SeaWorld resumed shows featuring killer whales three days after the Feb. 24 death of a trainer killed by one of the 12,000-pound mammals.

The Orlando, Fla.-based theme park, bought with other properties by Blackstone Group last year for $2.7 billion from InBev’s Anheuser-Busch division, said on Feb. 26 that trainers would not go into the water with the animals as they review the procedures for the shows.

The “Shamu Believe” show, named after the park's most famous killer whale, an industry icon, started up again Feb. 27 after SeaWorld president and general manager Jim Atchison said it will resume at a news conference a day earlier. Atchison said similar parks around the country have been asked to participate in the inquiry.

The company’s blog featured a video tribute to the trainer, Dawn Brancheau, and SeaWorld said it is working to set up a memorial fund for her family. Its Twitter account, branded with the name of its famous orca, Shamu, has gone idle “at this difficult time,” says a tweet there. The company is using its SeaWorld_Parks Twitter stream to cover the aftermath of the incident and interact with well-wishers.

Internet Edition, March 3, 2010, Page 5


inVentiv Health, the healthcare communications holding company, said fourth quarter 2009 revenue slipped three percent to $275M compared with Q4 of ’08 as it posted a $16M profit for the quarter.

For the full year 2009, revenue fell 4% to $1.07 billion over 2008. inVentiv’s communications division, which includes units like Chamberlain Healthcare PR, Chandler Chicco Cos. and Stonefly Communications Group, saw revenue slide 9% for the year to $310M, but revenue was up 17% in the fourth quarter to $86.1M compared with Q4 of ’08.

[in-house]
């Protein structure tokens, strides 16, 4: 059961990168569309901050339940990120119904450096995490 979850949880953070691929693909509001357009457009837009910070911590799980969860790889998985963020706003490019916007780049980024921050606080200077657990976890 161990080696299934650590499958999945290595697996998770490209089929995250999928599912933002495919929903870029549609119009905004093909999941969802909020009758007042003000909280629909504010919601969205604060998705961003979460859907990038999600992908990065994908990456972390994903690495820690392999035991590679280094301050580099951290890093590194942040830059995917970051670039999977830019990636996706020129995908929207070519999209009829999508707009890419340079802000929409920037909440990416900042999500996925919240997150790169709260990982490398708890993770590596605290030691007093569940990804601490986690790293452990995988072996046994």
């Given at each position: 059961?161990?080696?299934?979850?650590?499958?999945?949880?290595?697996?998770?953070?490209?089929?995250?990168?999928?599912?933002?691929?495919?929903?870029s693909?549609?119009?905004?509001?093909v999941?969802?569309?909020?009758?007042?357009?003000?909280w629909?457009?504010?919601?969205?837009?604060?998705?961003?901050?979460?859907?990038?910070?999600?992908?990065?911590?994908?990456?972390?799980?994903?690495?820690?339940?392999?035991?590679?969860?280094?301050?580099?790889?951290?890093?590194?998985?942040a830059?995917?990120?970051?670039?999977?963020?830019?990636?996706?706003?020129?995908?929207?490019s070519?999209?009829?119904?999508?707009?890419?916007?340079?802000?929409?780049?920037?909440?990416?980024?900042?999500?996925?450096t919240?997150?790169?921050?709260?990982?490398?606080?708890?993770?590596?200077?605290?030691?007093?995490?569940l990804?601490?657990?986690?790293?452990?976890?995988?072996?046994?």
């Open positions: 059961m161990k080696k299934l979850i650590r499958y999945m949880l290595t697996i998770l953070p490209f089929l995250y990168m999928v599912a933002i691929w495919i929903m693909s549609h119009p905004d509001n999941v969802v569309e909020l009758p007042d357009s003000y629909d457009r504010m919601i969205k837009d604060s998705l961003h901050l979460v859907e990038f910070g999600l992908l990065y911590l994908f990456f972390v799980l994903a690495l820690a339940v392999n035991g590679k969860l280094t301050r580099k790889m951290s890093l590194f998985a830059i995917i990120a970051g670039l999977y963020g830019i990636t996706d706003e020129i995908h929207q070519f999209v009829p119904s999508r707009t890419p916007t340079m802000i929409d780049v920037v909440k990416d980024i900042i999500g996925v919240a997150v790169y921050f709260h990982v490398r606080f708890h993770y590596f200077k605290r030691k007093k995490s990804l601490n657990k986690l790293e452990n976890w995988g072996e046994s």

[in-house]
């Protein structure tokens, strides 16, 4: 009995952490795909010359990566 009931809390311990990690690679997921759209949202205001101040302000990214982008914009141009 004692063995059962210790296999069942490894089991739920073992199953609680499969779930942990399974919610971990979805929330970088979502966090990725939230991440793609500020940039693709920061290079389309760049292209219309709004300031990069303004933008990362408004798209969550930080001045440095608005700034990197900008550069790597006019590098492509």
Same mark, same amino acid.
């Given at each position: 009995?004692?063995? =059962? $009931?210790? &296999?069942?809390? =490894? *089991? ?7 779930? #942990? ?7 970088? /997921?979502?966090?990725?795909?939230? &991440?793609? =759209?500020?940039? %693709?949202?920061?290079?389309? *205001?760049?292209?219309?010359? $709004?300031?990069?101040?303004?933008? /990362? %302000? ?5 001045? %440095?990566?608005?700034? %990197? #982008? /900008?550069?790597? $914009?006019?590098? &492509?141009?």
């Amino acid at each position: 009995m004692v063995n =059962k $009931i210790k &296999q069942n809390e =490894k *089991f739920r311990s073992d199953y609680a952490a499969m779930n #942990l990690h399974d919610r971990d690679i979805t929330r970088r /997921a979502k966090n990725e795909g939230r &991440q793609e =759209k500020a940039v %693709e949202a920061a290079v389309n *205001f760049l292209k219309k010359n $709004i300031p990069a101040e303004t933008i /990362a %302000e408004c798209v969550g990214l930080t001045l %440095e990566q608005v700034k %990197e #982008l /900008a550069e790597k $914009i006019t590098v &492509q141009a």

The company said marketing spending by clients stabilized during 2009. It forecasts 2010 revenue in the $1.1-$1.4 billion range.


FTI Consulting, parent company to PR agency FD, said fourth quarter revenue at its strategic communications operations fell more than 12% to $45.3M, down from $51.6M for the same period of 2008 as M&A activity continued to slump and retainer clients shifted to a project basis.

FTI said it is taking a $25M charge in the first quarter of 2010 as it terminates 150 employees and consolidates three offices. The company said the moves intend to eliminate redundancies from acquisitions over the last two years. FTI cut staff last year at FD but said “core resources” were retained to handle an expected upturn in activity. Profit rose 21.3% in Q4 to $36.6M.

Following the results, shares of the company were battered to a 12.6% decline to $36.74 on Feb. 26.

Fourth quarter revenue overall at FTI was up 6.2% to $342.9M compared with ’08. For the year, strategic communications slipped to $180M in ’09, compared with $224M in 2008, while overall revenue rose 8.3%.

President and CEO Jack Dunn said there is still “a great deal of uncertainty regarding the direction of the world’s economies and financial markets” as some regions rebound and others stumble.

Reflecting the environment, revenues at FTI’s corporate finance and restructuring division were up 16.5% for the quarter to $124.9M while its economic consulting unit rose 18.5% to $63.2M.